South Korea: 2015 'comfort women' deal was flawed

A South Korean panel set up to investigate the deal concluded that it failed to meet the needs of the thousands of girls and women forced to work in Japan's military brothels.

Jung Yeon-Je/Pool/Reuters
South Korean Foreign Minister Kang Kyung-Wha speaks before a briefing of a special task force for investigating the 2015 South Korea-Japan agreement over South Korea's "comfort women" issue at the Foreign Ministry in Seoul on December 27, 2017.

South Korean President Moon Jae-in said on Thursday that a 2015 agreement with Japan over South Korean "comfort women" forced to work in wartime brothels was seriously flawed after Japan said any attempt to revise it could damage relations.

A South Korean panel set up to investigate the deal concluded on Wednesday that it failed to meet the needs of the thousands of girls and women forced to work in Japan's military brothels, many of them Korean, euphemistically termed "comfort women" by Japan.

The announcement threw ties into doubt as both countries, important US allies, seek to rein in North Korea's nuclear and missile programs.

"The agreement cannot solve the comfort women issue," Moon said, calling the deal a "political agreement that excludes victims and the public" and violates general principles in international society, according to a statement issued by his office.

A Japanese foreign ministry spokeswoman said Japan had conveyed its position to South Korea through diplomatic channels following Moon's remarks, reiterating Foreign Minister Taro Kono's comment on Wednesday that any attempt to change the deal would be "unacceptable" and make relations "unmanageable."

Japan's Kyodo news agency quoted an unnamed Japanese government source as saying it had now become difficult for Prime Minister Shinzo Abe to visit South Korea in time for the Winter Olympics in Pyeongchang in February, in a potential sign of chilling ties.

Four years ago, Abe took a trip to Russia's Black Sea resort of Sochi to attend the opening ceremony of the Winter Olympic Games there and held talks with President Vladimir Putin.

Asked if Moon meant to declare the deal null and void, Park Soo-hyun, a spokesman for the presidential Blue House, said it was "inappropriate" for him to use that term at this point, adding the government would present its "final position."

Under the 2015 deal, Japan apologized to victims and provided 1 billion yen ($8.8 million) to a fund to help them.

The two governments had agreed the issue would be "irreversibly resolved" if both fulfilled their obligations.

Moon pledged to normalize relations and work toward "future-oriented cooperation" with Japan.

Japan's Nikkei business daily on Thursday quoted Abe as telling people close to him that the agreement "will not be changed by even one millimeter."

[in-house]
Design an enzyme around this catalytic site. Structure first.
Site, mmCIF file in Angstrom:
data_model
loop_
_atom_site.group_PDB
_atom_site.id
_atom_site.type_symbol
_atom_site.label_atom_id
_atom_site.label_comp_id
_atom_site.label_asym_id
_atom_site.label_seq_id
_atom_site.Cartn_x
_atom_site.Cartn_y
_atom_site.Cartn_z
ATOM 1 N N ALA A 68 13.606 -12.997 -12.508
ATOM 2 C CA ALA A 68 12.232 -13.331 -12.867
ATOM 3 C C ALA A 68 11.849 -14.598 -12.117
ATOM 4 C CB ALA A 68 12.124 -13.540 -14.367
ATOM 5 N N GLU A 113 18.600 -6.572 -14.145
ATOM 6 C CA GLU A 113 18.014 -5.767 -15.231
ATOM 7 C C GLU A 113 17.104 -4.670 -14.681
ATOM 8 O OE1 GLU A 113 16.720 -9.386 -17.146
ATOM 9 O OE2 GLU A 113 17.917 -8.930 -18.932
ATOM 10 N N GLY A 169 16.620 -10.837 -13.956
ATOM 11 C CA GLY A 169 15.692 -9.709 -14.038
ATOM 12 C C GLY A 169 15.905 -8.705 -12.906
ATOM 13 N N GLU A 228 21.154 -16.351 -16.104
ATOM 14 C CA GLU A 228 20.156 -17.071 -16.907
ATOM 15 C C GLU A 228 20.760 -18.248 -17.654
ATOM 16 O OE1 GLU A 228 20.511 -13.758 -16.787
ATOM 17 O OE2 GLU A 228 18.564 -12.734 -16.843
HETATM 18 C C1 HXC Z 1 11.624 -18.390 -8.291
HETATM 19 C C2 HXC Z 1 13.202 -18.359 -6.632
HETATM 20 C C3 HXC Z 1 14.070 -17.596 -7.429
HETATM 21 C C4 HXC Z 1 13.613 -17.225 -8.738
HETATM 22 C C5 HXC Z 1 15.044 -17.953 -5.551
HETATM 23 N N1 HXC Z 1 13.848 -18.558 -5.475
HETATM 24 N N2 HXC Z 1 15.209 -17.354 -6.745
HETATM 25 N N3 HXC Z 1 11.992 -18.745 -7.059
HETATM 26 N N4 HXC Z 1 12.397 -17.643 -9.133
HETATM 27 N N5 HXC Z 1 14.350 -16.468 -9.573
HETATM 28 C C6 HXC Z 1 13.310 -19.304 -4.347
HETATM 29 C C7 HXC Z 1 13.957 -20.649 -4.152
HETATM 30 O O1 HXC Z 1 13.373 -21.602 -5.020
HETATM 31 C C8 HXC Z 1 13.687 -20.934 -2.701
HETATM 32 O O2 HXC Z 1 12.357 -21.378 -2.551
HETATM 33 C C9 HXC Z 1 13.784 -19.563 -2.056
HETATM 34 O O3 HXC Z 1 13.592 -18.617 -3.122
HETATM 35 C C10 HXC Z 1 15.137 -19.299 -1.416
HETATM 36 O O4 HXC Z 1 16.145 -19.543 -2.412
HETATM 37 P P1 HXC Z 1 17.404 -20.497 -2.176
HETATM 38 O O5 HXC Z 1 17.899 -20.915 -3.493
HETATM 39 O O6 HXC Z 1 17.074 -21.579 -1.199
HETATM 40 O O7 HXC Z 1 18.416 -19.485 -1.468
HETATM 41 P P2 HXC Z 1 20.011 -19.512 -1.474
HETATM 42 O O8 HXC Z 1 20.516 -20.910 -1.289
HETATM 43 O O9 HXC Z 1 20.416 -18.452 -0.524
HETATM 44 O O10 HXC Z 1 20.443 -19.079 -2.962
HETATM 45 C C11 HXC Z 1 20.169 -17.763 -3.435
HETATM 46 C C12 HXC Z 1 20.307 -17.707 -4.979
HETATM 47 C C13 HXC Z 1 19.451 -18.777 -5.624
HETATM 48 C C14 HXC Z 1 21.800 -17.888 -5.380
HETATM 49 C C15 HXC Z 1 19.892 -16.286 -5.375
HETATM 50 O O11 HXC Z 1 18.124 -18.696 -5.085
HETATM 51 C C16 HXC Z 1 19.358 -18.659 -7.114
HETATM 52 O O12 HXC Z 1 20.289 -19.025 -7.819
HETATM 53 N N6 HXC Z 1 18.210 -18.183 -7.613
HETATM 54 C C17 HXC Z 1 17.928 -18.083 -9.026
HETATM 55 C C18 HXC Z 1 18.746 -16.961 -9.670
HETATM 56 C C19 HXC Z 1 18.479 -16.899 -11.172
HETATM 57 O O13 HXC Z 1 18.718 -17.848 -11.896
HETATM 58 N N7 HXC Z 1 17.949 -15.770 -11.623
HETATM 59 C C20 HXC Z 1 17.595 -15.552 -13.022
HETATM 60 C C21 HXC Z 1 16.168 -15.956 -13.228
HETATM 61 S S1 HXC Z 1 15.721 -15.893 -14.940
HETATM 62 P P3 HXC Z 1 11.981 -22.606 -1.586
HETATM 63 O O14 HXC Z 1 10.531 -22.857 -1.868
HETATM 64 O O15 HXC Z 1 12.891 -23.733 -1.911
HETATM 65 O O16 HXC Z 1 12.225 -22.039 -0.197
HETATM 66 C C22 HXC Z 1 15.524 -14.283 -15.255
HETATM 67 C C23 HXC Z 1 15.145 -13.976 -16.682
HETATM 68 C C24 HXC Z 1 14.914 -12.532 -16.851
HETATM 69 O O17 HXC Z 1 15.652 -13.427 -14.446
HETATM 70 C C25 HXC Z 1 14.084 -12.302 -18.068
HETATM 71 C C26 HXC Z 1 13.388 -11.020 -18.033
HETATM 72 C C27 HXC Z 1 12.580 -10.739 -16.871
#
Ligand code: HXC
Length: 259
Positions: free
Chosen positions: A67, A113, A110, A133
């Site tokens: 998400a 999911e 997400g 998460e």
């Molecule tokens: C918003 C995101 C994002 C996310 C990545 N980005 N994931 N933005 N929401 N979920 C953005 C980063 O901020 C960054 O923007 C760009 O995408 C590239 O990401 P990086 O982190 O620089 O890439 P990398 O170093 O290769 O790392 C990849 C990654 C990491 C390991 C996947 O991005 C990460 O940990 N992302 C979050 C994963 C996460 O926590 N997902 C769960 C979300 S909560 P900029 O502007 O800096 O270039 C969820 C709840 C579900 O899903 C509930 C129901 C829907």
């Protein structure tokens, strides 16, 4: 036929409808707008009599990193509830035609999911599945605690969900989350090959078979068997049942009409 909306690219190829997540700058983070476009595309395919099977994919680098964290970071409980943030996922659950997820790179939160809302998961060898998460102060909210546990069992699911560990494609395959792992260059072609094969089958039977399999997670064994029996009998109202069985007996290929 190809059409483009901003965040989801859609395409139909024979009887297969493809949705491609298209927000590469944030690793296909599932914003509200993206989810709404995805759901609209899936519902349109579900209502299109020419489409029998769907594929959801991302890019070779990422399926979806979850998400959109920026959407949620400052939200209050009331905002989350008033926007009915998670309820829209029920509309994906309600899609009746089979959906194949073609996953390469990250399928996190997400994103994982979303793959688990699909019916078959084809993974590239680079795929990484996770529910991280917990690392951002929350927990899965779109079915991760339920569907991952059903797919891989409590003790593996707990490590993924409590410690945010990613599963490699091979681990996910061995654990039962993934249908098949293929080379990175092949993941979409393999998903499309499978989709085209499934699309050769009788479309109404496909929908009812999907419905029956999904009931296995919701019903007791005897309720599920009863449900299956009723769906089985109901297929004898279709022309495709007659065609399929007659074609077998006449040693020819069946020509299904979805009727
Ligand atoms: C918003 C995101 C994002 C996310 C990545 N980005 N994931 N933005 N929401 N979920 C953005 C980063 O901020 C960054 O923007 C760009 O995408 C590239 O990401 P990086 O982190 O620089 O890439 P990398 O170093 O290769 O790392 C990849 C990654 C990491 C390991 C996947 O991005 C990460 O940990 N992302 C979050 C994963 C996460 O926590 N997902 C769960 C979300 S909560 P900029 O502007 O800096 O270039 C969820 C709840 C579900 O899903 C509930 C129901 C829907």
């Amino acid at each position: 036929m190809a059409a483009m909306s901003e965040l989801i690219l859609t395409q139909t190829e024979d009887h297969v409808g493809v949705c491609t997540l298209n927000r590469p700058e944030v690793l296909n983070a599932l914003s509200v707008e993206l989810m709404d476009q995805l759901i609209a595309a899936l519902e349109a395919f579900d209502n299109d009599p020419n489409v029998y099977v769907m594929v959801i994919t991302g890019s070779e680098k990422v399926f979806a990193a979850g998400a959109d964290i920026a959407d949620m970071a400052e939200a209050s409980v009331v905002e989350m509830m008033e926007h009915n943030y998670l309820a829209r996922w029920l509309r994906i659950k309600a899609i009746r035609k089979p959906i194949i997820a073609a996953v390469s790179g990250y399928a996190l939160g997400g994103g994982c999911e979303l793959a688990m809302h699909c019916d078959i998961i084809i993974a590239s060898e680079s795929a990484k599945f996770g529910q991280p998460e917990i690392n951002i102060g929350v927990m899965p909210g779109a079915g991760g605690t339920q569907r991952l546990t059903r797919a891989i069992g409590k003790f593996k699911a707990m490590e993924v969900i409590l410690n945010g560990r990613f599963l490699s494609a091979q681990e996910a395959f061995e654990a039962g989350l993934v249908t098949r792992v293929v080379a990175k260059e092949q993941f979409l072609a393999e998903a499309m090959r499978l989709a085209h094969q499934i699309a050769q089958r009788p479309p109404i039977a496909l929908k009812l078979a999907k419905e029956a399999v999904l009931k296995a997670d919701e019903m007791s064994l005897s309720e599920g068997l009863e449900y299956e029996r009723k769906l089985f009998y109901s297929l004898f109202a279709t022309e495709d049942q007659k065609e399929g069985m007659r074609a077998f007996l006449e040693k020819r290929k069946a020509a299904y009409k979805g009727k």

"Regardless of the Japanese government's stance, we take the investigation results seriously and humbly," South Korean foreign ministry spokesman Roh Kyu-deok told a news briefing, adding Seoul would formulate follow-up measures as soon as possible that could help the victims "regain honor and heal the wounds in their hearts."

Sensitive legacy

Japan and South Korea, which share a bitter history including Japanese colonization, are key to international efforts to rein in North Korea's nuclear and missile programs that it pursues in defiance of UN Security Council resolutions.

The comfort women issue has regularly been a source of rancor between Japan and neighbors China and North and South Korea. Japan colonized the Korean peninsula between 1910 and 1945 and occupied parts of China before and during the war.

The legacy of colonial rule, especially the comfort women issue, remains highly sensitive in South Korea, while in Japan, some ultra-conservatives deny that the women were forced to work in brothels at all.

In 2014, the UN Human Rights Committee asked Japan to clarify the "comfort women" euphemism, with an independent expert on the panel calling for it to be replaced by "enforced sex slaves."

The liberal Moon came to power in May winning a snap election called after the removal of his disgraced predecessor, Park Geun-hye, whose conservative government was criticized for failing to fully consult victims ahead of the 2015 settlement.

Moon pledged to renegotiate the agreement while on the campaign trail.

A poll in December last year showed 59 percent of South Koreans thought the deal should be nullified while 25.5 percent supported it.

Park was forced from power this year over a corruption scandal and is now on trial.

(Reporting by Joyce Lee and Hyonhee Shin; Additional reporting by Hyunjoo Jin in Seoul and Linda Sieg, Kiyoshi Takenaka in Tokyo; Editing by Nick Macfie)

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